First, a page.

(iii)  is not reasonably accessible to an adequately served area;

(B)  a population group that the secretary of health and human services determines has a health manpower shortage; or

(C)  a public or nonprofit private medical facility or other facility that the secretary of health and human services determines has a health manpower shortage, as described by 42 U.S.C. Section 254e(a)(1).

(2)  "Medically underserved area" means:

(A)  an area in this state with a medically underserved population;

(B)  an urban or rural area designated by the secretary of health and human services as an area in this state with a shortage of personal health services or a population group designated by the secretary as having a shortage of those services, as described by 42 U.S.C. Section 300e-1(7); or

(C)  an area defined as medically underserved by rules adopted by the Texas Board of Health based on:

(i)  demographics specific to this state;

(ii)  geographic factors that affect access to health care; and

(iii)  environmental health factors.

(3)  "Registered nurse" means a registered nurse recognized by the Texas Board of Nursing as having the specialized education and training required under Section 301.152.

(4)  "Site serving a medically underserved population" means:

(A)  a site located in a medically underserved area;

(B)  a site located in a health manpower shortage area;

(C)  a clinic designated as a rural health clinic under 42 U.S.C. Section 1395x(aa);

(D)  a public health clinic or a family planning clinic under contract with the Texas Department of Human Services or the Texas Department of Health;

(E)  a site located in an area in which the Texas Department of Health determines there is an insufficient number of physicians providing services to eligible clients of federal, state, or locally funded health care programs; or

(F)  a site that the Texas Department of Health determines serves a disproportionate number of clients eligible to participate in federal, state, or locally funded health care programs.

(b)  After making a determination under this section that a site serves a medically underserved population, the Texas Department of Health shall publish notice of its determination in the Texas Register and provide an opportunity for public comment in the manner provided for a proposed rule under Chapter 2001, Government Code.

(c)  At a site serving a medically underserved population, a physician licensed by the board may delegate to a registered nurse or physician assistant acting under adequate physician supervision the act of administering, providing, or carrying out or signing a prescription drug order, as authorized by the physician through a physician's order, a standing medical order, a standing delegation order, or another order or protocol as defined by the board.

(d)  An advertisement for a site serving a medically underserved population must include the name and business address of the supervising physician for the site.

(e)  Physician supervision is adequate for the purposes of this section if a delegating physician:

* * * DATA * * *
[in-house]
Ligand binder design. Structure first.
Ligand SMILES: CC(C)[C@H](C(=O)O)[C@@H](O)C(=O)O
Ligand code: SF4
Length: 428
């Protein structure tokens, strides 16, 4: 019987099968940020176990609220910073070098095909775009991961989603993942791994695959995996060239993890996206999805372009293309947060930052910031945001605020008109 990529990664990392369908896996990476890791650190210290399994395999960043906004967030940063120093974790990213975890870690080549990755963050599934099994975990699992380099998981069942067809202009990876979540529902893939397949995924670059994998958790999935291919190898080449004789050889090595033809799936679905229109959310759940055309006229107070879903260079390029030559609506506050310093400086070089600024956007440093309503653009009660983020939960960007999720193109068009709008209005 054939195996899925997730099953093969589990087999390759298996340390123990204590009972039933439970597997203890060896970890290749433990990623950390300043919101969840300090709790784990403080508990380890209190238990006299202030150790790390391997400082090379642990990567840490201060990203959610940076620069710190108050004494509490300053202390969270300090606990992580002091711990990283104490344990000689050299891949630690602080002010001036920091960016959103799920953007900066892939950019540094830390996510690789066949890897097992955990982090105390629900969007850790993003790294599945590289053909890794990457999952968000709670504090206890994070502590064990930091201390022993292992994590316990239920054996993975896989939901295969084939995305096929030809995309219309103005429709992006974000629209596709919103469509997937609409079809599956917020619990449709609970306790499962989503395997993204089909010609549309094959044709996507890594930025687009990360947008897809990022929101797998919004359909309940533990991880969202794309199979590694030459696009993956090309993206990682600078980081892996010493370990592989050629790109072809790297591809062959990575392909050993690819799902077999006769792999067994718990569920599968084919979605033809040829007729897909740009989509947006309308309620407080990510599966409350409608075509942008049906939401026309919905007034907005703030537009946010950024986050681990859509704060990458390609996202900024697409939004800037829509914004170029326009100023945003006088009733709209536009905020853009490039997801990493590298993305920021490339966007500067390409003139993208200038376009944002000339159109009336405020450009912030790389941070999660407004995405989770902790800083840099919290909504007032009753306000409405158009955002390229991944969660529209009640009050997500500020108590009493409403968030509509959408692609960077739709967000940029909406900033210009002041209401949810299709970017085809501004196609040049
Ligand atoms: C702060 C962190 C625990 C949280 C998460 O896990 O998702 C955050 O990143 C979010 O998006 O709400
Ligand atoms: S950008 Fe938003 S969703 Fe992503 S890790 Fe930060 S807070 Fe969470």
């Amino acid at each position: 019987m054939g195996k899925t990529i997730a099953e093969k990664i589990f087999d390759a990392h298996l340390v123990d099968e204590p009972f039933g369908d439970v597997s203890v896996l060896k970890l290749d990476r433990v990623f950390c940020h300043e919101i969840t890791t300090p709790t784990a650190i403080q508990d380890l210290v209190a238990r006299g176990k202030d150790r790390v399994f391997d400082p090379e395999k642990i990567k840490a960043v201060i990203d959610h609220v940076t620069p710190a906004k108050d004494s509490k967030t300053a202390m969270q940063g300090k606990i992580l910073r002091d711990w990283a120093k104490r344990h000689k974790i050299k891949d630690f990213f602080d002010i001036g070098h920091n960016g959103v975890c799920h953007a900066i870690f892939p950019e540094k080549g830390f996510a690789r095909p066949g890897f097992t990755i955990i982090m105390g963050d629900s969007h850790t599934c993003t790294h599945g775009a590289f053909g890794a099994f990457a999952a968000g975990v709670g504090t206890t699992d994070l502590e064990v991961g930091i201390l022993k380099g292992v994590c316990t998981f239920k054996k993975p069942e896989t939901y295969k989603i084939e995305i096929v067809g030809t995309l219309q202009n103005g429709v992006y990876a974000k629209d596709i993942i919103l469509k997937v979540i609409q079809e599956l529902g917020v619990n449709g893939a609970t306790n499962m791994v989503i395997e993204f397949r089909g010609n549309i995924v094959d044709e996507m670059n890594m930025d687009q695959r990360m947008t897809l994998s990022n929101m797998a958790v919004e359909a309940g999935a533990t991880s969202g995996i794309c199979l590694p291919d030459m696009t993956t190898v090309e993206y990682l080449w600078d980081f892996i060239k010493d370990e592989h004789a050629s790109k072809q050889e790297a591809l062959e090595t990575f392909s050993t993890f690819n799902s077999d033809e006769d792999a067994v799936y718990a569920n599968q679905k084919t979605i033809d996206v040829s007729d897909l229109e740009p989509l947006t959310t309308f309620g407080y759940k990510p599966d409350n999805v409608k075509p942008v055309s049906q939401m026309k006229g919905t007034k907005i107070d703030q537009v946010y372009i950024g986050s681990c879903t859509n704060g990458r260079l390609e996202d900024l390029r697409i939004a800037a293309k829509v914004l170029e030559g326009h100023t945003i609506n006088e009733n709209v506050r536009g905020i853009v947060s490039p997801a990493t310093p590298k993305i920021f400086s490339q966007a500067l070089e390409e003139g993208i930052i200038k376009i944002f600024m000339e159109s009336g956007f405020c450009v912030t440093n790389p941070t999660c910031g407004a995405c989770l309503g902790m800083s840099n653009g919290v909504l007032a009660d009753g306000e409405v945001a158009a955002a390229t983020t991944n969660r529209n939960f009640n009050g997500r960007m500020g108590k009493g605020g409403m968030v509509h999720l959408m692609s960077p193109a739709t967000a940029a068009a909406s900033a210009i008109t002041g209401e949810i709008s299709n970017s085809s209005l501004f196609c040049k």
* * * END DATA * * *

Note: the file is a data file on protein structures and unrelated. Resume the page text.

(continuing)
(1)  is responsible for the formulation or approval of the physician's order, standing medical order, standing delegation order, or other order or protocol, and periodically reviews the order and the services provided patients under the order;

(2)  is on-site to provide medical direction and consultation at least once every 10 business days during which the advanced practice nurse or physician assistant is on-site providing care;

(3)  receives a daily status report from the advanced practice nurse or physician assistant on any problem or complication encountered; and

(4)  is available through direct telecommunication for consultation, patient referral, or assistance with a medical emergency.

Acts 1999, 76th Leg., ch. 388, Sec. 1, eff. Sept. 1, 1999. Amended by Acts 2003, 78th Leg., ch. 88, Sec. 3, eff. May 20, 2003.

Amended by:

Acts 2007, 80th Leg., R.S., Ch. 889, Sec. 32, eff. September 1, 2007.



Section  157.053.  Prescribing At Physician Primary Practice Sites.

(a) In this section, "primary practice site" means:

(1)  the practice location of a physician at which the physician spends the majority of the physician's time;

(2)  a licensed hospital, a licensed long-term care facility, or a licensed adult care center where both the physician and the physician assistant or advanced practice nurse are authorized to practice;

(3)  a clinic operated by or for the benefit of a public school district to provide care to the students of that district and the siblings of those students, if consent to treatment at that clinic is obtained in a manner that complies with Chapter 32, Family Code;

(4)  the residence of an established patient;

(5)  another location at which the physician is physically present with the physician assistant or advanced practice nurse; or

(6)  a location where a physician assistant or advanced practice nurse who practices on-site with the physician more than 50 percent of the time and in accordance with board rules provides:

(A)  health care services for established patients;

(B)  without remuneration, voluntary charity health care services at a clinic run or sponsored by a nonprofit organization; or

(C)  without remuneration, voluntary health care services during a declared emergency or disaster at a temporary facility operated or sponsored by a governmental entity or nonprofit organization and established to serve persons in this state.